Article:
Mary snuggles up nice and close in my arms, body swaying back and forth in a slow rhythm. I’m thinking about closing the tent and taking her back to the trailer to get reacquainted but she has other desires. “Let’s go shopping.”


She pulls out of my arms. “This place is huge and I want to shop. Come on, it’ll be fun.”

“Who’s going to watch the tent?”

“Forget about the tent, Jason. It’s Thursday and it’s raining. No one is going to shop today. Let’s get out and explore.”

Feeling guilty because I was prepared to close the tent anyway, I can’t argue. Besides, the show is almost over and I’ve been shackled to this tent for over a week. Exploring might be fun. “Alright, I’m in. Where do you want to start?”

“Who cares?” Mary replies, beaming. “I’ve never seen so much stuff in my life. We probably can’t get through this field in a day. Let’s just start walking and see where the road takes us.”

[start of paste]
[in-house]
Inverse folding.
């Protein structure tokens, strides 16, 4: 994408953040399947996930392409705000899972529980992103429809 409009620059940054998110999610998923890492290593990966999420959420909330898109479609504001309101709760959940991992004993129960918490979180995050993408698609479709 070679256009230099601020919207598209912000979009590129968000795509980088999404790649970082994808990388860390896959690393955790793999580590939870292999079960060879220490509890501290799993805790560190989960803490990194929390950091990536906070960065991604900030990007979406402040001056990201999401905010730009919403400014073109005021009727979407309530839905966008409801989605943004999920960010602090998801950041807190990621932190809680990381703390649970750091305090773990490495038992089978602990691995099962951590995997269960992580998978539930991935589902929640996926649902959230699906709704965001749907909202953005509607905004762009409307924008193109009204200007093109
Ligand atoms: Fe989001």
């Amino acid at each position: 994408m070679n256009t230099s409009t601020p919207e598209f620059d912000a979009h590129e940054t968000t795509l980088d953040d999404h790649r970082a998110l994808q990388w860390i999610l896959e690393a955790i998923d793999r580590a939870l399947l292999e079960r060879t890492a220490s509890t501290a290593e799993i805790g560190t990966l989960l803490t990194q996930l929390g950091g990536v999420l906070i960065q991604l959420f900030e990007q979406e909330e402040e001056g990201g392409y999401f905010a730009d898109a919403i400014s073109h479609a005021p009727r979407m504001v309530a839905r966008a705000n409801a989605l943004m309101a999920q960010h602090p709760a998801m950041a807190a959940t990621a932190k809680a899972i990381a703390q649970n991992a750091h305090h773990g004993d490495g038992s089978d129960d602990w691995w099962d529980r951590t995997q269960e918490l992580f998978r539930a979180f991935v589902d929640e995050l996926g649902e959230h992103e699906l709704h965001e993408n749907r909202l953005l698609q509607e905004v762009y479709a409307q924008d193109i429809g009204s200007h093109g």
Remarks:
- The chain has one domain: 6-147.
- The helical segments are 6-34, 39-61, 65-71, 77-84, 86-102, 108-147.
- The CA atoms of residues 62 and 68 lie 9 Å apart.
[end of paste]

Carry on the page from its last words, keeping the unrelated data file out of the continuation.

And so we do, just two gypsy souls walking hand in hand in the rain down a dirt road.

Hours later finds us in a booth at the back of another field down the highway. Rain still falls, ever so lightly. This booth is filled with old wooden boxes, WWII era trunks, industrial work benches, and other assorted primitive/ industrial relics from yesteryear. The gentleman running the booth, a retired factory worker from Michigan, is desperate to unload everything.